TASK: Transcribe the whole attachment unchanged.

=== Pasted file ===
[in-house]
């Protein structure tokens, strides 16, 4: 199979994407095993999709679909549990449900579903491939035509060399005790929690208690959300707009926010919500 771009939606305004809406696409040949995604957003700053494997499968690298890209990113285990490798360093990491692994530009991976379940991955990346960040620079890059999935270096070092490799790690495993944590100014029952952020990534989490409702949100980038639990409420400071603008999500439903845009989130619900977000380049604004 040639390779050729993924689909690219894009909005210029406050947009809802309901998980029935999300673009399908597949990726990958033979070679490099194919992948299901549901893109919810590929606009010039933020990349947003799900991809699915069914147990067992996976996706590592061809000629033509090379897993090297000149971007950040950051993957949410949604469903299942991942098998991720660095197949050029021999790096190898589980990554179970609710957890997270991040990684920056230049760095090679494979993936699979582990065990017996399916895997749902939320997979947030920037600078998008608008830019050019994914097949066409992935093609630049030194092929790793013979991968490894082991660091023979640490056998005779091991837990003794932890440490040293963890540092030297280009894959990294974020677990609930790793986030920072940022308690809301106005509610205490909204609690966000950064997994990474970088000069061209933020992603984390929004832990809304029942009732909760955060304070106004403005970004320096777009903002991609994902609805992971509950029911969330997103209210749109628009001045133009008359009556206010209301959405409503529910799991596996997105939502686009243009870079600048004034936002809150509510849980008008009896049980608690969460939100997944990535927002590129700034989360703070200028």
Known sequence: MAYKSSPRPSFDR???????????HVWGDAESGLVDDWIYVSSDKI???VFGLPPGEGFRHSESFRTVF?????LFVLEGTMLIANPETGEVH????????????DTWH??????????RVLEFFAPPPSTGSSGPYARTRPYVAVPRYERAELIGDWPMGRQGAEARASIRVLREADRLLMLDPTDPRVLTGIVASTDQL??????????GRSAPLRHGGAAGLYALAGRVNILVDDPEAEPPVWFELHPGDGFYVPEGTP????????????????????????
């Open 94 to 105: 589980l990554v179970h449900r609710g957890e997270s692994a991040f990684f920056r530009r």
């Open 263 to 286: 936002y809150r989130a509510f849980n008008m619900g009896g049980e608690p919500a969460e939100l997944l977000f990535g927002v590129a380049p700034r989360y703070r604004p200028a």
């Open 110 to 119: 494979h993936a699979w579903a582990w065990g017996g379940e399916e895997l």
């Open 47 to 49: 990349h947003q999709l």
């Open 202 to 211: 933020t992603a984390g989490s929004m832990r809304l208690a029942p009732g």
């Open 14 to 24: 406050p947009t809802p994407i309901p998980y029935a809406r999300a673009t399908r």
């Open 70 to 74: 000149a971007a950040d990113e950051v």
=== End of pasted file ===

[in-house]
């Protein structure tokens, strides 16, 4: 199979994407095993999709679909549990449900579903491939035509060399005790929690208690959300707009926010919500 771009939606305004809406696409040949995604957003700053494997499968690298890209990113285990490798360093990491692994530009991976379940991955990346960040620079890059999935270096070092490799790690495993944590100014029952952020990534989490409702949100980038639990409420400071603008999500439903845009989130619900977000380049604004 040639390779050729993924689909690219894009909005210029406050947009809802309901998980029935999300673009399908597949990726990958033979070679490099194919992948299901549901893109919810590929606009010039933020990349947003799900991809699915069914147990067992996976996706590592061809000629033509090379897993090297000149971007950040950051993957949410949604469903299942991942098998991720660095197949050029021999790096190898589980990554179970609710957890997270991040990684920056230049760095090679494979993936699979582990065990017996399916895997749902939320997979947030920037600078998008608008830019050019994914097949066409992935093609630049030194092929790793013979991968490894082991660091023979640490056998005779091991837990003794932890440490040293963890540092030297280009894959990294974020677990609930790793986030920072940022308690809301106005509610205490909204609690966000950064997994990474970088000069061209933020992603984390929004832990809304029942009732909760955060304070106004403005970004320096777009903002991609994902609805992971509950029911969330997103209210749109628009001045133009008359009556206010209301959405409503529910799991596996997105939502686009243009870079600048004034936002809150509510849980008008009896049980608690969460939100997944990535927002590129700034989360703070200028």
Known sequence: MAYKSSPRPSFDR???????????HVWGDAESGLVDDWIYVSSDKI???VFGLPPGEGFRHSESFRTVF?????LFVLEGTMLIANPETGEVH????????????DTWH??????????RVLEFFAPPPSTGSSGPYARTRPYVAVPRYERAELIGDWPMGRQGAEARASIRVLREADRLLMLDPTDPRVLTGIVASTDQL??????????GRSAPLRHGGAAGLYALAGRVNILVDDPEAEPPVWFELHPGDGFYVPEGTP????????????????????????
């Open 94 to 105: 589980l990554v179970h449900r609710g957890e997270s692994a991040f990684f920056r530009r």
């Open 263 to 286: 936002y809150r989130a509510f849980n008008m619900g009896g049980e608690p919500a969460e939100l997944l977000f990535g927002v590129a380049p700034r989360y703070r604004p200028a």
């Open 110 to 119: 494979h993936a699979w579903a582990w065990g017996g379940e399916e895997l």
């Open 47 to 49: 990349h947003q999709l």
């Open 202 to 211: 933020t992603a984390g989490s929004m832990r809304l208690a029942p009732g």
């Open 14 to 24: 406050p947009t809802p994407i309901p998980y029935a809406r999300a673009t399908r």
């Open 70 to 74: 000149a971007a950040d990113e950051v």